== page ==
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TurboRocks secures £80,000 investment on Dragons’ Den

The Somerset-based company, founded by Steven Murr, specialises in producing rocker plates for indoor training enthusiasts

Somerset-based rocker plates company TurboRocks secured an £80,000 investment on last night’s episode of BBC business show Dragons’ Den.

Founded by Steven Murr in 2019, TurboRocks produces rocker plates, which are designed to add realism and comfort to indoor riding.

By setting your indoor trainer on it, a rocker plate allows your bike to, predictably, rock from side to side, mimicking the swaying motion that you experience when you are riding out on the road. This side-to-side movement is achieved through inflatable balls that can be adjusted for rider weight and preferences.

While they might not totally mimic real riding, rocker plates do add an extra dimension to indoor training and can make longer spells in the saddle more comfortable.

In November we gave TurboRock’s flagship model, the Realplate React Stealth, a four-star review, with our tester finding that while “it might not fully replicate riding outdoors, the Realplate React improves comfort to the point that I do not want to go back to riding indoors on a flat surface. If you train indoors a lot, the high cost involved will be well worth the outlay.”

> Review: TurboRocks Realplate React Stealth Full Motion rocker plate 

Appearing on last night’s episode of the BBC’s business reality show Dragons’ Den, Steven Murr told the panel of entrepreneurs – the eponymous dragons – that his business had grown by 670 percent over the last year, selling over a thousand units worldwide. He called on the potential investors to “join me and rock all over the world” by investing £80,000 for a five percent share in the company.

The TurboRocks founder said that he was seeking the further investment to help with international shipping and distribution costs.

Aside from a few minor hiccups – including calling Deborah Meaden ‘Deb’, much to her annoyance, and new dragon Steven Bartlett claiming he preferred the stability of his Peloton after testing out the rocker plate – the pitch went as smoothly as the side-to-side motion of one of Murr’s plates.

Murr told the investors that most of his products were sold through the company’s website, and that the Realplate React Stealth – the most expensive model, valued at £449 – can be produced for £141, and built in his garden shed.

> Dragons' Den reject who designed ‘the world’s loudest bicycle horn’ hits over £3 million in global sales 

Despite the company making a net profit of £135,000 last year, Murr admitted that he still worked three days a week in the local bike shop, which led Bartlett and Meaden to question his dedication to growing the business.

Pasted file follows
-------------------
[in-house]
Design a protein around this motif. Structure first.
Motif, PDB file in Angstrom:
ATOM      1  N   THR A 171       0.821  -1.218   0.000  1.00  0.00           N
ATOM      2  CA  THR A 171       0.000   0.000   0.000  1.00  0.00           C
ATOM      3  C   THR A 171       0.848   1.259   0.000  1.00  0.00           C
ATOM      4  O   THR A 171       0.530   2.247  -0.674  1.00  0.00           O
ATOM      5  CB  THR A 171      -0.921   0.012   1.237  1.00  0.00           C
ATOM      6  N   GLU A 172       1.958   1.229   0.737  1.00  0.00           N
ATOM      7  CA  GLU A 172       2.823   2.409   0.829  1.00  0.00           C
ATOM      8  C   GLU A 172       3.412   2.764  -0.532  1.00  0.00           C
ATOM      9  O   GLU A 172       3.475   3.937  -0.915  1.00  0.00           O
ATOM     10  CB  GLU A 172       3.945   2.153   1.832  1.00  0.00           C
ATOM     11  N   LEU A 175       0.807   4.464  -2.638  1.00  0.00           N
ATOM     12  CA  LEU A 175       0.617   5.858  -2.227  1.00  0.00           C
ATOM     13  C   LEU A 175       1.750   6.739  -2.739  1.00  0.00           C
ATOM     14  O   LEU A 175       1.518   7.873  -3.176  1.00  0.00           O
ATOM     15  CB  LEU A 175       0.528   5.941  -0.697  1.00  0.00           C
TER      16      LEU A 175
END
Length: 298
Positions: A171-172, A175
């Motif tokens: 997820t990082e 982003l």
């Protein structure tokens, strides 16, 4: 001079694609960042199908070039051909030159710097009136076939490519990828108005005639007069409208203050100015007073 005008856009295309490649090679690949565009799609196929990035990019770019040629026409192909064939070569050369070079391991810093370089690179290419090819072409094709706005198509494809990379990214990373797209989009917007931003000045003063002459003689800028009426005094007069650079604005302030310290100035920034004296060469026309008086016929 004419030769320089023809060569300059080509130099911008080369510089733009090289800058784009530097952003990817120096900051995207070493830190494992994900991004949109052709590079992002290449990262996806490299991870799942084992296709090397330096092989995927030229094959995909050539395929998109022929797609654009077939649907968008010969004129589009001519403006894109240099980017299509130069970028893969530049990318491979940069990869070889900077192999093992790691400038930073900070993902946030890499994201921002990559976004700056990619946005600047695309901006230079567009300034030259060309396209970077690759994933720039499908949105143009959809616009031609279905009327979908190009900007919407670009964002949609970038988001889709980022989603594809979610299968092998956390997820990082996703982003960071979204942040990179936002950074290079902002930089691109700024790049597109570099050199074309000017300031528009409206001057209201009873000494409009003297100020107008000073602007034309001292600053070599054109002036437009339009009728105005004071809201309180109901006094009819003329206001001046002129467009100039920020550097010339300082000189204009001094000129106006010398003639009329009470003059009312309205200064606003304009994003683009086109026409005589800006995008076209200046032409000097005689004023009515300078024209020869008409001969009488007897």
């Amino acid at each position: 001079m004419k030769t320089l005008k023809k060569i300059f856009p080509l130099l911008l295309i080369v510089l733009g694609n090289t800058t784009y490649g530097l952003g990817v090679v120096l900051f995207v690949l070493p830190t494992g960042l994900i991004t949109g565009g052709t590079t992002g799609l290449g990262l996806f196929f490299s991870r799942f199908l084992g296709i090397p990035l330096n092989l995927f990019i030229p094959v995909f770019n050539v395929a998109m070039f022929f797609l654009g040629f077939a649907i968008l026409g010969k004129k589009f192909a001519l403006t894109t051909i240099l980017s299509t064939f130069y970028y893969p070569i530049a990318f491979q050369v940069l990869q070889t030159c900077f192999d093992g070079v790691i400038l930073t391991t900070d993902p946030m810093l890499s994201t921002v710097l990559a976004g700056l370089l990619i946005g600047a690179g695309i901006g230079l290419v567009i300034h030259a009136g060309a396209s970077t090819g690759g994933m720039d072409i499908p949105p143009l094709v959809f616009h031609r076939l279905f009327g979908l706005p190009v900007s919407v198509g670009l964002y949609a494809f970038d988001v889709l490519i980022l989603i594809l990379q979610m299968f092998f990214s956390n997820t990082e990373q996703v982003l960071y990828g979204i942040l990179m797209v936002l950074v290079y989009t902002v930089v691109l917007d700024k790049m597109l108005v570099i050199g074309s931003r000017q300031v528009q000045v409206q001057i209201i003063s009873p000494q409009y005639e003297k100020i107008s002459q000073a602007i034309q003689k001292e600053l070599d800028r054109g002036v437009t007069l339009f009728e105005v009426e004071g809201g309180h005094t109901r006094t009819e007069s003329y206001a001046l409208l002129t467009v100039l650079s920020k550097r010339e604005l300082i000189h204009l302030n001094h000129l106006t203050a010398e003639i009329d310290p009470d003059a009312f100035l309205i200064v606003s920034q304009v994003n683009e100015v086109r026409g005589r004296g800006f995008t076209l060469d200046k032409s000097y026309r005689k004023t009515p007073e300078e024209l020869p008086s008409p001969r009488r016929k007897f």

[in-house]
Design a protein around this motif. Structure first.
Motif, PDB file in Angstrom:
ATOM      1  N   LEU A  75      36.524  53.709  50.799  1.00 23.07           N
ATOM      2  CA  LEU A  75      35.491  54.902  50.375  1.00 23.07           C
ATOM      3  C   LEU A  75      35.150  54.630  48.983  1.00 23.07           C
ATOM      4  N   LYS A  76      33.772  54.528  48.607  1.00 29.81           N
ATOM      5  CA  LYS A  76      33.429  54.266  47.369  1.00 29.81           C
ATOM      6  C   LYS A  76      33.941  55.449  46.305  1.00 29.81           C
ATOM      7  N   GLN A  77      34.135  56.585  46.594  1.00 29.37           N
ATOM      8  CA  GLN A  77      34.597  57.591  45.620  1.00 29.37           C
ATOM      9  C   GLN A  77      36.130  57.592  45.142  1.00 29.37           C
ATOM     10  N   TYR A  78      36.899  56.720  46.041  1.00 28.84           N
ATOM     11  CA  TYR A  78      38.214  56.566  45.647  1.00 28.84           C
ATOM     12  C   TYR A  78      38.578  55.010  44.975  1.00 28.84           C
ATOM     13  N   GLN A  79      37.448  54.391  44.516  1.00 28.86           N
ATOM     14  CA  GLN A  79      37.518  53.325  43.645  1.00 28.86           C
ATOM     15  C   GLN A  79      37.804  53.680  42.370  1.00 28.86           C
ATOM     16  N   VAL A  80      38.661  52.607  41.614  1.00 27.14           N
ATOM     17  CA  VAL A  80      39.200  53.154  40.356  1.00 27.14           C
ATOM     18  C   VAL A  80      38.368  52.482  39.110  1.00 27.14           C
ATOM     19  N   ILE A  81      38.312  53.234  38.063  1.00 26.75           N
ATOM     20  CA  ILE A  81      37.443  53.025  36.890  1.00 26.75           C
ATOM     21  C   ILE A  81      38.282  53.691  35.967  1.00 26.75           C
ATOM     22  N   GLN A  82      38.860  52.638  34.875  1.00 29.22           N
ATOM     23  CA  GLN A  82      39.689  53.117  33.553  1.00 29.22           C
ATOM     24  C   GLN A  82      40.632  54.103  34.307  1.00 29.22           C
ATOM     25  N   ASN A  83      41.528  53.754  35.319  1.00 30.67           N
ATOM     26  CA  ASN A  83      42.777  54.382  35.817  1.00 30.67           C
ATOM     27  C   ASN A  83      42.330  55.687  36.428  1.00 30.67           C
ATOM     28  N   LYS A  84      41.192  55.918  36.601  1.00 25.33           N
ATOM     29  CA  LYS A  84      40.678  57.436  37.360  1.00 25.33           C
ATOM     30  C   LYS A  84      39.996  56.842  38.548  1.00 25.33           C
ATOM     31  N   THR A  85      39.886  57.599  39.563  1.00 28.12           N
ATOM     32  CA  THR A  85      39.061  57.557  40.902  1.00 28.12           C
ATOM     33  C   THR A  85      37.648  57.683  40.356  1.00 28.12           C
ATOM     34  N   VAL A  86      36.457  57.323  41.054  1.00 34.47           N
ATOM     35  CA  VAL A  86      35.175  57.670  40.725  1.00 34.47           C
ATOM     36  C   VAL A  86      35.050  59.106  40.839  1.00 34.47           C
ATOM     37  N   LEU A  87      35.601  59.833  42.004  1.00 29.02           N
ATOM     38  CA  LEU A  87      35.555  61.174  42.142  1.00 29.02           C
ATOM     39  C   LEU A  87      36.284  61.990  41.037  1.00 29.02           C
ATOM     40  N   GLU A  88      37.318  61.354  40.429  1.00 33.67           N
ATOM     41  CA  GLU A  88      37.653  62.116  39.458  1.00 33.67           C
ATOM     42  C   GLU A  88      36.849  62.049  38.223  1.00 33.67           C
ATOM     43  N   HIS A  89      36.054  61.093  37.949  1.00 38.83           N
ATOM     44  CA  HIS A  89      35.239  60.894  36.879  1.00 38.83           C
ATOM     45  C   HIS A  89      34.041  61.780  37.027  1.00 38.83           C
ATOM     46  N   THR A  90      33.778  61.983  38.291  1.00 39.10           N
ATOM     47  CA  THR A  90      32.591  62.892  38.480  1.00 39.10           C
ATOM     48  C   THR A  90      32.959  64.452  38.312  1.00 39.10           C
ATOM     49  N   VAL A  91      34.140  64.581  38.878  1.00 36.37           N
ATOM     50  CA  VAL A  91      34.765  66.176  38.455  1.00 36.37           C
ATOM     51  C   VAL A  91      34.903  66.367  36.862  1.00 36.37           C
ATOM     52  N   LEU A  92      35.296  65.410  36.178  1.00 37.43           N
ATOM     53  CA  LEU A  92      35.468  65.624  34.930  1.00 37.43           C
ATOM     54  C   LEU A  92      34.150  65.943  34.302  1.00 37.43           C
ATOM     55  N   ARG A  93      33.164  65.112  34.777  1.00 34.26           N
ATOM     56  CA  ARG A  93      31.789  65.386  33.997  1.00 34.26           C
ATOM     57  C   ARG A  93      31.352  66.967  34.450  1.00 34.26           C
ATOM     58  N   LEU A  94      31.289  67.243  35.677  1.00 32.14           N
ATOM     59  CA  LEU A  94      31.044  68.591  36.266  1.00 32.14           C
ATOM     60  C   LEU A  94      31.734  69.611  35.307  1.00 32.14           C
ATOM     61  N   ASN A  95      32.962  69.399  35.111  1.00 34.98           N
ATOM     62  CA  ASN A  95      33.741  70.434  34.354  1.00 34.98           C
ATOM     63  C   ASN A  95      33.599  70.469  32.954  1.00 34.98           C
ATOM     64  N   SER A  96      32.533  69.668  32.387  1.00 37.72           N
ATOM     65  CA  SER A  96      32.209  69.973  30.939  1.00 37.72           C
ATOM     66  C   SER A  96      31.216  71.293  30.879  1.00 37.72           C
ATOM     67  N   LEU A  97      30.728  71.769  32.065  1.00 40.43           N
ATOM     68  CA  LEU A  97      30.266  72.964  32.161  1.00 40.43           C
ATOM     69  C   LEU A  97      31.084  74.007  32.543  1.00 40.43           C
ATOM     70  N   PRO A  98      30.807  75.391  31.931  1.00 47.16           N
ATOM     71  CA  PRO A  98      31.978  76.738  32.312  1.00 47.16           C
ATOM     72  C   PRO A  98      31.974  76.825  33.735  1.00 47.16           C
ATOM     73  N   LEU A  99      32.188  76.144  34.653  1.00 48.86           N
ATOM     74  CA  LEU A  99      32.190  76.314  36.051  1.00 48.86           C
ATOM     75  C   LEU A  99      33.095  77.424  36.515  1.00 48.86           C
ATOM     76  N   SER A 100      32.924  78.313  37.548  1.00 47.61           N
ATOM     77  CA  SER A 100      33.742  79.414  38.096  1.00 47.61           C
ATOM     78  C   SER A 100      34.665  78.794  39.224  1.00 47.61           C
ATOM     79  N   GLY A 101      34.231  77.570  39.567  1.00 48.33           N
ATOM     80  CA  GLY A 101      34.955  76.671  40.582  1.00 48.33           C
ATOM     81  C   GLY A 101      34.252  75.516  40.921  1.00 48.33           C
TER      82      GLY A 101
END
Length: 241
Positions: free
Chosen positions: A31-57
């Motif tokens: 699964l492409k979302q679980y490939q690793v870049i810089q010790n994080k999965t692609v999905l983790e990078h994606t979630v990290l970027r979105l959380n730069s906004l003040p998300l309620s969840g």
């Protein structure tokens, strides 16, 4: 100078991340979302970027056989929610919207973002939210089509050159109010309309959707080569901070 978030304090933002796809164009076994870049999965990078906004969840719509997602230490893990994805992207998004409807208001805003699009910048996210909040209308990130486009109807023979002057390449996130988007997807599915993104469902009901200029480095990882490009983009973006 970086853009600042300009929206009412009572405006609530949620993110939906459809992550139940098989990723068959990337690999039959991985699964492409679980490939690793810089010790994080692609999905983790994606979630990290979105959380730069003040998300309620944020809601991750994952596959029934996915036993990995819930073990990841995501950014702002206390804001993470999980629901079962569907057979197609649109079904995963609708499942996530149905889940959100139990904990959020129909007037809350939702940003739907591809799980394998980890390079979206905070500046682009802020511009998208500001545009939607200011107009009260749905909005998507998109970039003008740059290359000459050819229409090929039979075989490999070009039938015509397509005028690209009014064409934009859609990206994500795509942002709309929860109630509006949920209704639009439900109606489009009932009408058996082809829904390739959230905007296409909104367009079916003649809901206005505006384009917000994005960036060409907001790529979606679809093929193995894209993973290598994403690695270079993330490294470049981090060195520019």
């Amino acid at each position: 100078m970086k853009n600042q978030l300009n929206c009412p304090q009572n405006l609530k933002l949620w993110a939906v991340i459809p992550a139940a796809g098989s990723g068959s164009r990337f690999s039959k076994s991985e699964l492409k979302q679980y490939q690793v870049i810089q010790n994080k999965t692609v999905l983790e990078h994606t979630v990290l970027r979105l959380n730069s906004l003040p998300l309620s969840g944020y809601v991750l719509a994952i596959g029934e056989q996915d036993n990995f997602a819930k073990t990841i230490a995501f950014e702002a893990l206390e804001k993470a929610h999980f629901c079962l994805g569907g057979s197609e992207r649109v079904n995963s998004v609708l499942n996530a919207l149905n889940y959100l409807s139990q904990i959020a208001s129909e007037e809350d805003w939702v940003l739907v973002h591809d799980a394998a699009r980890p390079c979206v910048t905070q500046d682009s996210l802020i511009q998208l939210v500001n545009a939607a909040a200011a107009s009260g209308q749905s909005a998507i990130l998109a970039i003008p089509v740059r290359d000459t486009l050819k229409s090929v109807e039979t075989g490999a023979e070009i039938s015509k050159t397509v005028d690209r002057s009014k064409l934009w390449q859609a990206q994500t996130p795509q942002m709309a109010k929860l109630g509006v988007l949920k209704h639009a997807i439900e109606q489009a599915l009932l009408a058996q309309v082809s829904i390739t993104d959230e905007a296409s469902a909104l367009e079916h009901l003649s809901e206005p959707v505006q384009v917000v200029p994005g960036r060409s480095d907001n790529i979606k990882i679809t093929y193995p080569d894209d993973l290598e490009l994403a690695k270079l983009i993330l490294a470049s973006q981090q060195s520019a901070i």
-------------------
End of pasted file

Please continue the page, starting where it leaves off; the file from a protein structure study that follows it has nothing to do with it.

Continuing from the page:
Nevertheless, both Crafter’s Companion founder Sara Davies and Touker Suleyman, who owns a stake in the online cycling marketplace Bikesoup, were keen to invest in TurboRocks, allowing Murr to negotiate a double deal worth £80,000 in exchange for a 20 percent share in the business for each entrepreneur.

He said afterwards: “I can’t believe it, I didn’t see that coming at all. They were all dropping like flies, and all of a sudden two brilliant dragons together – it’s absolutely like a dream team, I can’t believe it.”

Ryan joined in December 2021 and since then has kept the site’s readers and listeners informed and enthralled (well at least occasionally) on news, the live blog, and the Podcast. After boarding a wrong bus at the world championships and ruining a good pair of jeans at the cyclocross, he now serves as’s senior news writer. Before his foray into cycling journalism, he wallowed in the equally pitiless world of academia, where he wrote a book about Victorian politics and droned on about cycling and bikes to classes of bored students (while taking every chance he could get to talk about cycling in print or on the radio). He can be found riding his bike very slowly around the narrow, scenic country lanes of Co. Down.

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paulrattew | 2 years ago

Having tried both the turborocks and omnirocker, I personally prefer the omnirocker (and own one). Both are great (british made) products though and it's great to see turborocks getting some solid publicity with this and I hope that it provides a real benefit to them

CXR94Di2 | 2 years ago
1 like

Fortunately, I made my full rocker before Turbo Rocks came to market. I used ideas from Facebook's page for enthusiastic do it yourself-ers

Bucks Cycle Cammer | 2 years ago
1 like

I think Omnirocker would take exception to his initial claim that they're a "game changer". And bizarrely, there didn't appear to be any analysis of the competition or questions about IP.

Good luck to him though.

jaymack replied to Bucks Cycle Cammer | 2 years ago

Made in the UK rather than in the far east and I can vouch for it being a terrific product. I am delighted to see it getting some high profile publicity. 

Bucks Cycle Cammer replied to jaymack | 2 years ago
1 like

Omnirocker's also made in the UK  3

jaymack replied to Bucks Cycle Cammer | 2 years ago

I'm pleased to hear that, keeping manufaturing as local as possible seems to be one of many ways of keeping the climate catastrophe at bay for as long as possible.

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